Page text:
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Treasury’s plan to curb tenders fraud in counties

County workers repair a road
County workers repair a road in Embakasi, Nairobi. FILE PHOTO | NMG 

There has been a furore over unpaid debt by counties in recent months amid concern about the authenticity of some of the claims. Traders and suppliers have made claims amounting to billions of shillings in unpaid dues for goods and services.

Several county bosses, however, termed some of the claims fictitious and vowed not to pay up. The hubbub has caught the attention of the National Treasury, which has also doubted the legitimacy of some of the pending bills and swiftly moved to implement a raft of measures aimed at curbing fraud.

As part of the reforms, counties will soon be required to start disclosing their liabilities on a monthly basis in a new push by the Treasury to mitigate accumulating bills at the devolved units.

Treasury Cabinet Secretary Henry Rotich says the ministry has initiated the review of accounting standards for the 47 counties to include disclosures on assets and liabilities starting July 2020.

The Treasury is working with the Public Sector Accounting Standards Board (PSASB), a State agency that sets financial accounting and internal audit guidelines for the public sector, on tightening rules on managing assets and liabilities.

“These are preparatory steps for a possible future migration to accrual accounting, which PSASB has indicated to commence in FY (financial year) 2020/21,” says Mr Rotich in the draft 2019 Budget Policy Statement, which forms the basis for the budget in the year starting July.

“This will further enhance closer monitoring of county governments’ pending bills as they will have to be recognised on the face of financial statements. Adequate documentation of pending bills and assets will also facilitate their handover between county government regimes.”

The counties had by end of last financial year in June 2018 accumulated Sh108.41 billion claims from contractors and suppliers, a steep climb from Sh35.84 billion the year before, statistics by the Controller of the Budget show.

The bills piled partly because some of the new county regimes bulked at some of the unpaid bills, exposing loopholes in the current accounting method the devolved units use, which only require them to capture cash inflows and outflows. Mr Rotich says the Treasury is considering intervening in cases where some counties have defaulted on payments amounting to more than Sh1 billion for more than 90 days.

The Treasury minister in mid-December directed Auditor-General Edward Ouko to conduct a special audit of pending county bills for purposes of paying off the genuine ones.

“Such failure by county governments to make payments as and when due, or default on financial obligations may indicate material breach of legally-established measures,” says Mr Rotich, citing section 94(1) of the Public Finance Management Act.

“If any county is in breach, this will trigger the national government’s intervention as per Article 225 of the Constitution.”

That section of the Constitution empowers the minister to temporarily freeze the transfer of not more than half of funds to affected counties as part of correcting measures for violating prudential financial guidelines.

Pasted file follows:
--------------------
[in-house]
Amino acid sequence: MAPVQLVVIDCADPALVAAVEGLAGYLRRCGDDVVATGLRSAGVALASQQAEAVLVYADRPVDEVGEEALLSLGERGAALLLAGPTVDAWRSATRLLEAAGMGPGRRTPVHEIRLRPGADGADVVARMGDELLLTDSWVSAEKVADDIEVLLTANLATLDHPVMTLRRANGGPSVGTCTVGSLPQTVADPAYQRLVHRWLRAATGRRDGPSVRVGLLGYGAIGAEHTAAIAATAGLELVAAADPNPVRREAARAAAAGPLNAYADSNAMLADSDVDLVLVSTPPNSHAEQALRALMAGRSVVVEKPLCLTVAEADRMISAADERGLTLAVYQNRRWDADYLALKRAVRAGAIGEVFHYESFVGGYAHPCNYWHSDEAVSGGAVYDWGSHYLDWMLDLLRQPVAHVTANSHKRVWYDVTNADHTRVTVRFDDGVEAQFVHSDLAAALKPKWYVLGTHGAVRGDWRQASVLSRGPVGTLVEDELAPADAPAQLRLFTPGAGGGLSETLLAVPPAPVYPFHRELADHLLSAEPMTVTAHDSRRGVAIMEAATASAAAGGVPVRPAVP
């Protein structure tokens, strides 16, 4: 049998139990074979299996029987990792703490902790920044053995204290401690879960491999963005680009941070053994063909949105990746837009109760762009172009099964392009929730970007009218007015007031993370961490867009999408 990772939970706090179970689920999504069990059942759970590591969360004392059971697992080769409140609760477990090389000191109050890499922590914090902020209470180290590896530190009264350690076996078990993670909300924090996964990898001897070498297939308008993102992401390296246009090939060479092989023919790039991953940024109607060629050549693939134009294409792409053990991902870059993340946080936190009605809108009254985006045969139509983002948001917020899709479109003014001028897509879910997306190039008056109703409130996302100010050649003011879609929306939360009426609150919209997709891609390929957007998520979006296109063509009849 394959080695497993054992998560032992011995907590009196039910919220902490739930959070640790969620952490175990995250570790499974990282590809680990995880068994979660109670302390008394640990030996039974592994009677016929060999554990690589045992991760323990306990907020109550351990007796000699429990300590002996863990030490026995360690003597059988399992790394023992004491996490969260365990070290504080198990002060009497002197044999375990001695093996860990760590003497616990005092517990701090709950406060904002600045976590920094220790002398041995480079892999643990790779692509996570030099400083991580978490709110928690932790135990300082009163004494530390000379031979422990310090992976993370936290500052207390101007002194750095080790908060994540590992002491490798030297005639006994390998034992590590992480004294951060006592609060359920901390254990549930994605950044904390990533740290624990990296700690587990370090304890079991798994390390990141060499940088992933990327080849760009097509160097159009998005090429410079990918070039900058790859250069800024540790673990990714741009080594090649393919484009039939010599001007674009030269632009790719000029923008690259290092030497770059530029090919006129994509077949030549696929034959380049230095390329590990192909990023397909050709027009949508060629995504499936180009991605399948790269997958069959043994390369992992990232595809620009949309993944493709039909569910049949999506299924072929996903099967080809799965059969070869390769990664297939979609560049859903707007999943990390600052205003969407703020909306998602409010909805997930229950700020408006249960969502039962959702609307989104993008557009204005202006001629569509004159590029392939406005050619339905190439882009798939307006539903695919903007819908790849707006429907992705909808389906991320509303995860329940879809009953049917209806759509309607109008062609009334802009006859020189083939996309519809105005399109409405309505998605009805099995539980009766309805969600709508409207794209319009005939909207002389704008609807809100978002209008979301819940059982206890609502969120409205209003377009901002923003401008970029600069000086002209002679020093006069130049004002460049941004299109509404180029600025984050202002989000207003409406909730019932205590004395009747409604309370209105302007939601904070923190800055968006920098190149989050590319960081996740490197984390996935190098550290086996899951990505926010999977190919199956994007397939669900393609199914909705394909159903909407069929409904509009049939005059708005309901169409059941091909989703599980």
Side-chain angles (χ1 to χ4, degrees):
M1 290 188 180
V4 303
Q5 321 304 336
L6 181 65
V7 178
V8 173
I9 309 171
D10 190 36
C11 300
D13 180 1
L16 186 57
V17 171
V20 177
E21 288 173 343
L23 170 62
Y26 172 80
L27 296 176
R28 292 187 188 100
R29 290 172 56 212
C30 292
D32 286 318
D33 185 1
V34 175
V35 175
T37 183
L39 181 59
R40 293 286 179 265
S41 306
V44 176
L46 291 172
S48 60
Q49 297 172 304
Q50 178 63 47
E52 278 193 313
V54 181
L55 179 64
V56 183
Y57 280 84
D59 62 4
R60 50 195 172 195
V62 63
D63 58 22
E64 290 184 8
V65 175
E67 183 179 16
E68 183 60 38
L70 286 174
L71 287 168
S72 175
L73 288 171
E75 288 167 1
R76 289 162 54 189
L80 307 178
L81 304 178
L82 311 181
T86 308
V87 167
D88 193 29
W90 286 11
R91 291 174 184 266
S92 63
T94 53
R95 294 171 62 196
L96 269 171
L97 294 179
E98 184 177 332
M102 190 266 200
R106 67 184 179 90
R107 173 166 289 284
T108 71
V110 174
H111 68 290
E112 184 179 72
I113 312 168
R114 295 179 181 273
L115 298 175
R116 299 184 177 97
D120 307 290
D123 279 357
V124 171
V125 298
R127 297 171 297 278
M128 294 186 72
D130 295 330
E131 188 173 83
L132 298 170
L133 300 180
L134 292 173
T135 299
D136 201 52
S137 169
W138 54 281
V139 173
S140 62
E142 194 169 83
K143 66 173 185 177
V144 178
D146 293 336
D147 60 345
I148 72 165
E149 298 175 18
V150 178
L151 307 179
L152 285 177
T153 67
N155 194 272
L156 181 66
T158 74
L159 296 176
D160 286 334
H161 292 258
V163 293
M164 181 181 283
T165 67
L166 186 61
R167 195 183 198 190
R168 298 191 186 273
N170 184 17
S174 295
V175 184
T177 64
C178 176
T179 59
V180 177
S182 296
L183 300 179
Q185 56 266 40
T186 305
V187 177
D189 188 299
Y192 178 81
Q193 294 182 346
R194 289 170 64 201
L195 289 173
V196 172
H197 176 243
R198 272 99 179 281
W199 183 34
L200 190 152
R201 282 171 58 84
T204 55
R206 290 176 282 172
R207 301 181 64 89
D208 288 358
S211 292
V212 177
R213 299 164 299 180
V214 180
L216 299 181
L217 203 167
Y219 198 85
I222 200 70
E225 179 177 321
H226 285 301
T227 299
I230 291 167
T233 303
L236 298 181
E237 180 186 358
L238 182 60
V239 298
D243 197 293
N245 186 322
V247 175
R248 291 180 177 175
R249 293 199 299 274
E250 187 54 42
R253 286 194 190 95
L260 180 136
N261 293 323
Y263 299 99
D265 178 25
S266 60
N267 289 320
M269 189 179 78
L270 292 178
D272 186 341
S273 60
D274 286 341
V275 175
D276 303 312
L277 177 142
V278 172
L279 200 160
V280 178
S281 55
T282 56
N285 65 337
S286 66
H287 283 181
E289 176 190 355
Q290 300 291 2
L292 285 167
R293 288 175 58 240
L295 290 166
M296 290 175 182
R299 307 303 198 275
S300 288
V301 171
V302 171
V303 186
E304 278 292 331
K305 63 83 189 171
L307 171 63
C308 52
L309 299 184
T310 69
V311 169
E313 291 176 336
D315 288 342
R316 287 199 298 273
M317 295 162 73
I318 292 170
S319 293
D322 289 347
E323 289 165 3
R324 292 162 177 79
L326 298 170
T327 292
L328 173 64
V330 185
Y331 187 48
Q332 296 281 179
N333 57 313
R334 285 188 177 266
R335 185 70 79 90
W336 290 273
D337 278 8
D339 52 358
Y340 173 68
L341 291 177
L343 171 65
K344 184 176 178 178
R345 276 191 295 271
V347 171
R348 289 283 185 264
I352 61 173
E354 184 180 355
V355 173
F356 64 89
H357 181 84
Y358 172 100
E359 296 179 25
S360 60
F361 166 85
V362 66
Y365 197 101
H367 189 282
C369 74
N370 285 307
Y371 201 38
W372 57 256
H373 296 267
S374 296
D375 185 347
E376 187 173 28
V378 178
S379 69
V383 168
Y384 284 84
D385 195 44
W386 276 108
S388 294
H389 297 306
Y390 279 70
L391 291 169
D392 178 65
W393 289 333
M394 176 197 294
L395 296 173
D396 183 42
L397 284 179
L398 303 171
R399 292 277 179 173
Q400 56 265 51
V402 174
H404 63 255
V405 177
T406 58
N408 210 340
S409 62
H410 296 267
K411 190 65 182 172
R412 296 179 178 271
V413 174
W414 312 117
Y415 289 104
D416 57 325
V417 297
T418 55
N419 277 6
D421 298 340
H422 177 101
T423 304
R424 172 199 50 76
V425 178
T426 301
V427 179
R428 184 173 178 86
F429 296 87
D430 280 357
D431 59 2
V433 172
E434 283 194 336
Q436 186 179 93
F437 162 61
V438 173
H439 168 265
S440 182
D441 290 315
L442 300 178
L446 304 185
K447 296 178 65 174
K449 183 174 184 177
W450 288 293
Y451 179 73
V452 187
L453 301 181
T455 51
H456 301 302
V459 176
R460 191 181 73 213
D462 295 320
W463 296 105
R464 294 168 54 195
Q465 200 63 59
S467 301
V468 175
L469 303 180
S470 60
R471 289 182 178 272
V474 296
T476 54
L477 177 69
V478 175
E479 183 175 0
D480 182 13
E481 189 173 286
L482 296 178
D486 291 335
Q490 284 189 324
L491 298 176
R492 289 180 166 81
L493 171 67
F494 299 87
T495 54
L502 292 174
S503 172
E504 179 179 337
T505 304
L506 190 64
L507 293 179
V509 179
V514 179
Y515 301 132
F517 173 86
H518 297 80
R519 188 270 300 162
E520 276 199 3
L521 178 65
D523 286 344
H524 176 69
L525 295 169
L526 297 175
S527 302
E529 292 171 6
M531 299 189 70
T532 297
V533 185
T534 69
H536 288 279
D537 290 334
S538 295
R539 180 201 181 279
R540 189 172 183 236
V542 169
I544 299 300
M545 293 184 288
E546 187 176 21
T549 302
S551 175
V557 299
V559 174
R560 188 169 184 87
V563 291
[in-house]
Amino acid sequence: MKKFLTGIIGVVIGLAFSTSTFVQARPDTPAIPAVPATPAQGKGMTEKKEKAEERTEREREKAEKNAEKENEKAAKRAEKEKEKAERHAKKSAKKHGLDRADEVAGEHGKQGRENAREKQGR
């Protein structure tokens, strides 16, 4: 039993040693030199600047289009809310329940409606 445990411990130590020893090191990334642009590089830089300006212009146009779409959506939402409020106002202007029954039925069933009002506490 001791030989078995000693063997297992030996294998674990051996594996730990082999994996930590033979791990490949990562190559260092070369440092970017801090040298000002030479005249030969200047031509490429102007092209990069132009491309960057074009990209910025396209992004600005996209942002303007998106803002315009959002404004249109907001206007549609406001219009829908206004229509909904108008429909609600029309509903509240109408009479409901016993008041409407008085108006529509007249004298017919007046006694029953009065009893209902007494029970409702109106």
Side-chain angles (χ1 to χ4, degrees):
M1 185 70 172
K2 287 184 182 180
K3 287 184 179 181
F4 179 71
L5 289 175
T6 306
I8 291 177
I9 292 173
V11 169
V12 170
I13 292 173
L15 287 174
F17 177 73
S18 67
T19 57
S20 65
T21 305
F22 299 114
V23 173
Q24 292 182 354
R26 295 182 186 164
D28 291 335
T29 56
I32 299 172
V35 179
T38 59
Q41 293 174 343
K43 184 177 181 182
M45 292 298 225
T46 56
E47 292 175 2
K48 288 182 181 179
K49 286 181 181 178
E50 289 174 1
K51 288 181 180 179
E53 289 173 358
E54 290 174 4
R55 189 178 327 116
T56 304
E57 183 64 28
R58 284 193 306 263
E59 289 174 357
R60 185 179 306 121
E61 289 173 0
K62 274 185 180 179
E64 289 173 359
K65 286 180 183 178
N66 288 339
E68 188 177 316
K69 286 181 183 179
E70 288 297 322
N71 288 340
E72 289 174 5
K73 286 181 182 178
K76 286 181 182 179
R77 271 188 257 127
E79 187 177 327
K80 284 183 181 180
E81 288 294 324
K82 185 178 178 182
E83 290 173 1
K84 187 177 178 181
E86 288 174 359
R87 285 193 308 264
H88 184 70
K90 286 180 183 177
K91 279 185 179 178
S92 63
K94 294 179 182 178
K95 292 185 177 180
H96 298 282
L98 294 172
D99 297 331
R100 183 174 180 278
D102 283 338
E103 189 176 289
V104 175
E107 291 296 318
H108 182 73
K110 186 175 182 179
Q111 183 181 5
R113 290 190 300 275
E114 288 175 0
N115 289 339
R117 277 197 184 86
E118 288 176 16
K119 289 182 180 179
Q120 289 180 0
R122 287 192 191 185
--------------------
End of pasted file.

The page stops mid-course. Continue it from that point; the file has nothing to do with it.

The accumulating arrears have hit hard businesses, including the dominant small- and medium-sized enterprises (SMEs), most of which had taken out loans to deliver on the contracts.

Nairobi had Sh64.80 billion in arrears owed to suppliers and contractors over two years through June 2018, the annual budget implementation review report for 2017-18 by the Office of Controller of the Budget released last September indicate, nearly half of the total pending bills for the counties.

Other counties, which had huge unpaid bills amounting to more than Sh1 billion were Mombasa (Sh3.71 billion), Wajir (Sh2.62 billion), Nakuru (Sh2.38 billion), Kisumu (Sh2.05 billion), Meru (Sh2.00 billion), Kwale (Sh1.83 billion) and Narok (Sh1.73 billion).

Others were Nyeri (Sh1.41 billion), Nandi (Sh1.35 billion), Nyamira (Sh1.35 billion), Embu (Sh1.28 billion), Kericho (Sh1.26 billion), Kilifi (Sh1.22 billion), Vihiga (Sh1.18 billion), Kitui (Sh1.17 billion) and Bomet (Sh1.16 billion).

Mr Rotich had earlier blamed governors, who took over reins in August 2017, for stalling settlement of the bills incurred during the tenure of their predecessors.

“In general, pending payments older than 90 days constitute a fiscal risk with major potential consequences to the economy, and County Accounting Officers are legally required to update the National Treasury on a monthly basis,” he says in the BPS.

Most counties have struggled to generate own revenue from sources such as property tax, business permits, liquor licences, vehicle parking fees and building permits, breaching the 35 per cent limit on wage bill expenditure as a share of total revenue.

For example, Nairobi, Machakos, Embu, Laikipia and Wajir blew more than half of their total income on wages last financial year ended June.

“Improvements in the delivery of devolved services can be sustained only if county governments adhere to existing fiscal rules,” Mr Rotich says.

“For this reason, beginning FY 2019/20, the National Treasury will renew its focus on enforcing compliance with the Fiscal Responsibility Principles — particularly legal thresholds for wage bill and development spending.”